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School loses grant because of drilling ban

July 23, 2011
By WARREN SCOTT - Staff writer , The Herald-Star

WELLSBURG - Wellsburg Middle School has lost a chance at a grant for band instruments because of the city's ban on natural gas drilling.

Officials with Brooke County Schools and Chesapeake Energy, the natural gas company that partly supports the grant; and the state Division of Culture and History, which administers it, confirmed Follansbee Middle School will receive the grant instead.

Karen Gresham, deputy commissioner of the state Division of Culture and History, said the $30,000 grant comes through the VH1 Save the Music Foundation and Chesapeake Energy, with each contributing evenly.

Gresham said for several years the foundation has provided funds for public schools to provide musical instruments to pupils in primary and middle schools to encourage their involvement in the arts.

She said more recently, through the efforts of Randall Reid-Smith, state Commissioner of Culture and History, a pilot program has been established that pairs funds from the foundation with a business or other partner.

Chesapeake Energy is one of a number of partners that have agreed to match the VH1 grants, Gresham said, and such partners may suggest areas where the funding may be awarded.

She said Chesapeake was interested in funding schools in Brooke County, where it has initiated drilling operations, and with the help of Brooke County Superintendent of Schools Kathy Kidder, Wellsburg Middle School was targeted for the funds.

But before the money was awarded, Wellsburg City Council adopted an ordinance banning natural gas drilling in and within a mile of the city, citing concerns the drilling could contaminate the city's drinking water, which is derived from wells.

Chesapeake and other natural gas companies use a process known as hydraulic fracturing to release the gas from the underground Marcellus shale formation. It involves blasting the shale with a fluid that includes 95 percent water and sand and 5 percent various chemicals, some of them toxic. Gas industry officials say the drilling occurs thousands of feet below water tables and the gas wells are heavily sealed with concrete and steel to prevent the fluid from leaking into the ground.

Opponents point to incidents in which wastewater from the process was spilled outside the wells or methane from abandoned coal mines was released, resulting in fires.

The ordinance calls for those who drill in the city or within one-mile from it to be fined up to $500, and allows the city may seek an injunction against the drilling.

City officials have indicated the ordinance may be revisited to address only wellheads, their primary concern, and since Gov. Earl Ray Tomblin has ordered additional regulations for the state Department of Environmental Protection to apply to natural gas drilling.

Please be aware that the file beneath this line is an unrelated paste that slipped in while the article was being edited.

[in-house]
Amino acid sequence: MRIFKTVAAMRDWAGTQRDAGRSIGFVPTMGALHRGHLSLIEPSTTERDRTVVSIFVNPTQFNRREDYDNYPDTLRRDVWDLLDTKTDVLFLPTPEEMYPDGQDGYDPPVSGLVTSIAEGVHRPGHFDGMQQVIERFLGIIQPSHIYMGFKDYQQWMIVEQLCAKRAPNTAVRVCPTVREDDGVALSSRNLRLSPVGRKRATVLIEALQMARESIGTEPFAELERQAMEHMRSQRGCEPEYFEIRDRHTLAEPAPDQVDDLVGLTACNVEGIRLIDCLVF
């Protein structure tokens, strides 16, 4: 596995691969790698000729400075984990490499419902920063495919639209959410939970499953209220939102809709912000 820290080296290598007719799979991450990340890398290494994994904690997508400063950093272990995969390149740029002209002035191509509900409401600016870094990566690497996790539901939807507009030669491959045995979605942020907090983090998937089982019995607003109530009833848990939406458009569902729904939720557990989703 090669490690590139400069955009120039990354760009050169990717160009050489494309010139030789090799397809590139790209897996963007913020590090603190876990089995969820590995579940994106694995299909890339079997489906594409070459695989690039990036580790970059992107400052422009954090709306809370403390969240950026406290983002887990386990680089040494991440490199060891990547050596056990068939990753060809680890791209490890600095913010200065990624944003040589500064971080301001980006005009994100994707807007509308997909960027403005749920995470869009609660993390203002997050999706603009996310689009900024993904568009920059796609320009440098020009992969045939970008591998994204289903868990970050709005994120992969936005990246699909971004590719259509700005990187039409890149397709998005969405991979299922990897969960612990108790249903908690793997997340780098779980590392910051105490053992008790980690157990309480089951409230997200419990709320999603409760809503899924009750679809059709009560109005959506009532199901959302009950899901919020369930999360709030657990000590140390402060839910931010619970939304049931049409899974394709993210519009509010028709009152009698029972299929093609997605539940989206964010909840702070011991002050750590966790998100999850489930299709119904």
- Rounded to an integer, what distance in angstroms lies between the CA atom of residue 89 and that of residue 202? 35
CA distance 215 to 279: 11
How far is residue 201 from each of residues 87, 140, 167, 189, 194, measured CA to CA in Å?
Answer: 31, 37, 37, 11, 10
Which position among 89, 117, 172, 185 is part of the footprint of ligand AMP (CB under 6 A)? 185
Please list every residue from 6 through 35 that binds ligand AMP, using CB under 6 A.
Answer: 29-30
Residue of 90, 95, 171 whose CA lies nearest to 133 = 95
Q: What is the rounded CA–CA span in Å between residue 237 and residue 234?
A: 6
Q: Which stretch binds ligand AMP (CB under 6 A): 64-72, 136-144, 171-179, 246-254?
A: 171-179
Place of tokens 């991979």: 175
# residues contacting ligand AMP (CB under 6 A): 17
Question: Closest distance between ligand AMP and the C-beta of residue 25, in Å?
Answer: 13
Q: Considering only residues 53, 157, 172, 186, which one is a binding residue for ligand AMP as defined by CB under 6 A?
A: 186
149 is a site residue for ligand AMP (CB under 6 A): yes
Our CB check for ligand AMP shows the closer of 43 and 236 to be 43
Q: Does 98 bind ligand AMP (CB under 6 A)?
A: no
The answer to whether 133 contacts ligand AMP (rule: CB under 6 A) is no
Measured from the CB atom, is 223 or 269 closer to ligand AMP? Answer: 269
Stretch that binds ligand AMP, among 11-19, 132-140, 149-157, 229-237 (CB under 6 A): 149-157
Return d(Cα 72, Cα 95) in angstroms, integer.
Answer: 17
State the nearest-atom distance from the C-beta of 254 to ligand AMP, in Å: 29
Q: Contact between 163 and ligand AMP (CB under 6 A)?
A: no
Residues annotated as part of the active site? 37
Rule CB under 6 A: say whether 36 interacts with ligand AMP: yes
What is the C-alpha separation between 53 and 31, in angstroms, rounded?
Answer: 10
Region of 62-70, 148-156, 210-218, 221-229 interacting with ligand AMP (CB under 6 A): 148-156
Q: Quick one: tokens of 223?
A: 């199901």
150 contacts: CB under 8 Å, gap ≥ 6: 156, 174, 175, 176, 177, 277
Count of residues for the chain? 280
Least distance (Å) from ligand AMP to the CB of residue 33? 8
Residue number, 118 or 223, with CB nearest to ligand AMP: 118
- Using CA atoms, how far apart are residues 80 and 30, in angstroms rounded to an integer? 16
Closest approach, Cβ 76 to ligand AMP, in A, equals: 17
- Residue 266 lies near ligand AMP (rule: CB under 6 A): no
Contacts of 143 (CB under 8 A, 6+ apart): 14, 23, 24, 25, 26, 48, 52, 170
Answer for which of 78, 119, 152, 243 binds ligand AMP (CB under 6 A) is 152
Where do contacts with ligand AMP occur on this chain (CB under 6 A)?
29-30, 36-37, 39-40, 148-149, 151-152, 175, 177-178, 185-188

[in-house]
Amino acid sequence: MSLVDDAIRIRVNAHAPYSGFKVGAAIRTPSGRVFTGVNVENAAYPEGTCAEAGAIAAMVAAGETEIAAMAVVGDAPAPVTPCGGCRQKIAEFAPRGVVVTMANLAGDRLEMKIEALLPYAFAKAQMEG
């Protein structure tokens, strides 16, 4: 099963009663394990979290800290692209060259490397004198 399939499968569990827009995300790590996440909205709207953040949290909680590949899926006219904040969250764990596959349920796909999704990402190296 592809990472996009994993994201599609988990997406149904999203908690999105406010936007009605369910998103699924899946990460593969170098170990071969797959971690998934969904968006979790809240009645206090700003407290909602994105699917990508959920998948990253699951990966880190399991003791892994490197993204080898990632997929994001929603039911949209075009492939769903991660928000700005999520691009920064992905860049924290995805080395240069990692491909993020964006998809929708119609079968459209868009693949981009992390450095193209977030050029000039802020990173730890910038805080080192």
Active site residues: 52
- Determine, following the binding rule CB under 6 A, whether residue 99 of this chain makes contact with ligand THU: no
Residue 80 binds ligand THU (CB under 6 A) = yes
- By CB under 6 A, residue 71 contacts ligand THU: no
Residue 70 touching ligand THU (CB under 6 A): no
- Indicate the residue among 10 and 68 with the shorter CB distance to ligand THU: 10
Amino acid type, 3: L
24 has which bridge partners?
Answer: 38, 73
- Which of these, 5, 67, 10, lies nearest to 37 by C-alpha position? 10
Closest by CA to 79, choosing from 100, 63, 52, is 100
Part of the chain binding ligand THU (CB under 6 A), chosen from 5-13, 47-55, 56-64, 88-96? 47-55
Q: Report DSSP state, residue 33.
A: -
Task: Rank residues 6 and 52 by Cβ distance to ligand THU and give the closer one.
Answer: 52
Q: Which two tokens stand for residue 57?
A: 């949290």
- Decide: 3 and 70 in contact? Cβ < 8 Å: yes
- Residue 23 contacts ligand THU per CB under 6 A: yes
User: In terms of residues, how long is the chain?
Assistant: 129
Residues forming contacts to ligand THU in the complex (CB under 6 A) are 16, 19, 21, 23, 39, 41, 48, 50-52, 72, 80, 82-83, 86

But the ordinance hasn't been rescinded at this time.

Stacey Brodak, director of corporate development for Chesapeake, said, "Chesapeake is very proud of our record of philanthropic giving and our efforts to enhance the quality of life in the communities in which we live and work. While we strive to find worthwhile community-support projects that benefit those in the areas where we are approved to operate, it is important that we dedicate our company's resources where can not only advance the interests of our shareholders but other stakeholders as well."

"Given the volume of requests we get across the country, it is imperative that we focus our philanthropy where we and our operations are supported by the community and its leaders," Brodak said.

"Unfortunately, with the imposition of a ban on our activity for a mile outside the city of Wellsburg, we are not now able to consider the current request for philanthropic gifts in this area. We are hopeful we can work together to eliminate the impediments and opposition to resource development in the area and can once again develop a mutually beneficial partnership with this community," she said.

Kidder confirmed because Wellsburg Middle School couldn't receive the grant, it was made available to Follansbee Middle School.

Kidder said while the move puts Follansbee Middle School in the awkward position of accepting money that initially was intended for another school, she understands Chesapeake's position.

But the move has been criticized by some community members who said it seems to punish local children for the actions of the city's leaders.

Some also have noted Wellsburg Middle School is attended not only by children living in Wellsburg, but also children from Beech Bottom and Bethany, where Chesapeake has begun drilling operations.

Officials with the VH1 Save the Music Foundation have said a review of prospective schools' music programs is done to determine their eligibility.

But Gresham said the process doesn't involve a formal grant application, so neither school had been required to submit a grant proposal.

She said other businesses or organizations may serve as a partner with VH1, so it may be possible for Wellsburg Middle School to receive a grant in the future.

Gresham didn't know if any more Save the Music funds are available for this year.

(Scott can be contacted at

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